Histology Guide

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Chapter 5 - Cartilage and Bone

Cartilage and bone are specialized connective tissues that provide support to other tissues and organs. Cartilage occurs where flexibility is required, while bone resists deformation.


Cartilage is composed of cells, fibers, and a highly-hydrated ground substance. The high content of water provides resistance to compression, while the fibers provide tensile strength and resilience.

Cartilage is avascular, and its cells rely on diffusion for nutrients.

Three types of cartilage are recognized based on differences in fiber composition:

Hyaline Cartilage

Hyaline cartilage is composed of type II collagen fibers and ground substance. It is the most common cartilage and is associated with articular surfaces of bone, walls of the respiratory system (trachea and bronchi), and growth plates.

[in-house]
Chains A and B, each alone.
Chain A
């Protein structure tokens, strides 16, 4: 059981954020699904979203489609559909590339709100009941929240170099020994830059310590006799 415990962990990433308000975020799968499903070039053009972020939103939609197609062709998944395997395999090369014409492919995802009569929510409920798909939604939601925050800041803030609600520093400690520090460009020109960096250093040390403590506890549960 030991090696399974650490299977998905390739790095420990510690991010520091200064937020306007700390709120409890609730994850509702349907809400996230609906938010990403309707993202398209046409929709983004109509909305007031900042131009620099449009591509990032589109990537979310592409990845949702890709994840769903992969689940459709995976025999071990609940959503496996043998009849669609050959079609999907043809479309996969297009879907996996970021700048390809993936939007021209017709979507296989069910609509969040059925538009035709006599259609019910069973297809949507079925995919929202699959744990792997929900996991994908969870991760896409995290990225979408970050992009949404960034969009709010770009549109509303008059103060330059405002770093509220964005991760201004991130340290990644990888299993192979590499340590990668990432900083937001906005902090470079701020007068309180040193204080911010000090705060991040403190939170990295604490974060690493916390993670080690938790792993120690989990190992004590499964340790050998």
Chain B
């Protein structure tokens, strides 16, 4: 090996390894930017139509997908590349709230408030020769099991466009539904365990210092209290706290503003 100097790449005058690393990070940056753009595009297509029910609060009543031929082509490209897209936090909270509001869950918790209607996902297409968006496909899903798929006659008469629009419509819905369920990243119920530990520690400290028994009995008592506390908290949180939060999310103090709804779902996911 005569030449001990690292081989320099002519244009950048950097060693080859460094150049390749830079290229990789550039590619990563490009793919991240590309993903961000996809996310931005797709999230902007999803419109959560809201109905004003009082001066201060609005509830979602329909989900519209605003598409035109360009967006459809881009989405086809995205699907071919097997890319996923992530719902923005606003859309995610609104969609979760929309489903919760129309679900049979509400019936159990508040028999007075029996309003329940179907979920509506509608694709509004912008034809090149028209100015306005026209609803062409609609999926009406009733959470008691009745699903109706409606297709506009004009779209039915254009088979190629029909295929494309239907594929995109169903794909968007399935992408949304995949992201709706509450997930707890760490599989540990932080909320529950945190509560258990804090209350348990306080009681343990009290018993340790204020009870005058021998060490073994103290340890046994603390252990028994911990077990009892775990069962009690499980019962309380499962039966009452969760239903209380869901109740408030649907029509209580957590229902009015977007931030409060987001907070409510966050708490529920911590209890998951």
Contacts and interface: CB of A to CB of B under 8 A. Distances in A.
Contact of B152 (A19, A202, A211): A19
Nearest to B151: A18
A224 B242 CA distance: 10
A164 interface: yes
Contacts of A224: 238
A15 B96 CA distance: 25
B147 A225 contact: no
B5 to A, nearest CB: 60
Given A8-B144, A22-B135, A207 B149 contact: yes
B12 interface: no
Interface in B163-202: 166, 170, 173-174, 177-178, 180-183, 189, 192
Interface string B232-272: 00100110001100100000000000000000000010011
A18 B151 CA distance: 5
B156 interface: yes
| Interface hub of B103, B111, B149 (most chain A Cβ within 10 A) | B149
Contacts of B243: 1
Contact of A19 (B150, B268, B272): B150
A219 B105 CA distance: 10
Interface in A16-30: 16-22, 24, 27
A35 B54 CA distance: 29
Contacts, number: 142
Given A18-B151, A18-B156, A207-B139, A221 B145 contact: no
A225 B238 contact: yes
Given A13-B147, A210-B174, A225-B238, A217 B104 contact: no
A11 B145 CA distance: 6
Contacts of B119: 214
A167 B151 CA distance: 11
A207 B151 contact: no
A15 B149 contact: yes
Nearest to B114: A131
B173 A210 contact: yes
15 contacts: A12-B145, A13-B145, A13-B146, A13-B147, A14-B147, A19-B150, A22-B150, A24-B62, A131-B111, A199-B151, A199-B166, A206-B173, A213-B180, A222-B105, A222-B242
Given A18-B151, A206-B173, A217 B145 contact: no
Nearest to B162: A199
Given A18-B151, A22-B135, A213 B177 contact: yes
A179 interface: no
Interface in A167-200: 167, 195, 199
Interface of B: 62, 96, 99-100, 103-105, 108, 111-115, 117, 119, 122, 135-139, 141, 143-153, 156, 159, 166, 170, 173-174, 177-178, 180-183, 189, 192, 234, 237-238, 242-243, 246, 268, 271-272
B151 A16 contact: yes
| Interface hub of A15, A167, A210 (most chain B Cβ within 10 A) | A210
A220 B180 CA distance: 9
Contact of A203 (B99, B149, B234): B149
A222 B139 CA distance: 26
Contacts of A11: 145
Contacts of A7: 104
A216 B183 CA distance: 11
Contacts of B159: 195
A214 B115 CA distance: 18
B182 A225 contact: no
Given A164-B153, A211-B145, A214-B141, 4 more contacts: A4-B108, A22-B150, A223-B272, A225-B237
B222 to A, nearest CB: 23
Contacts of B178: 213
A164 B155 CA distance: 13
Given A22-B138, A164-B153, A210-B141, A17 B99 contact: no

Bone provides support and protection for the organs of the body. Bone is hard and rigid because of mineralization of the extracellular matrix. Bone also serves as a reservoir for calcium.

Bone has a rich vascular supply (unlike cartilage).

Bone tissue is classified morphologically into two types:

Most bones are composed of both compact and spongy bone.

Compact Bone

Compact bone forms a dense layer on the outside of bones. It is composed of cylindrical units, known as osteon (Haversian systems), that are usually aligned with the long axis of the bone. An osteon is composed of concentric rings of bone (lamellae) surrounding a central channel.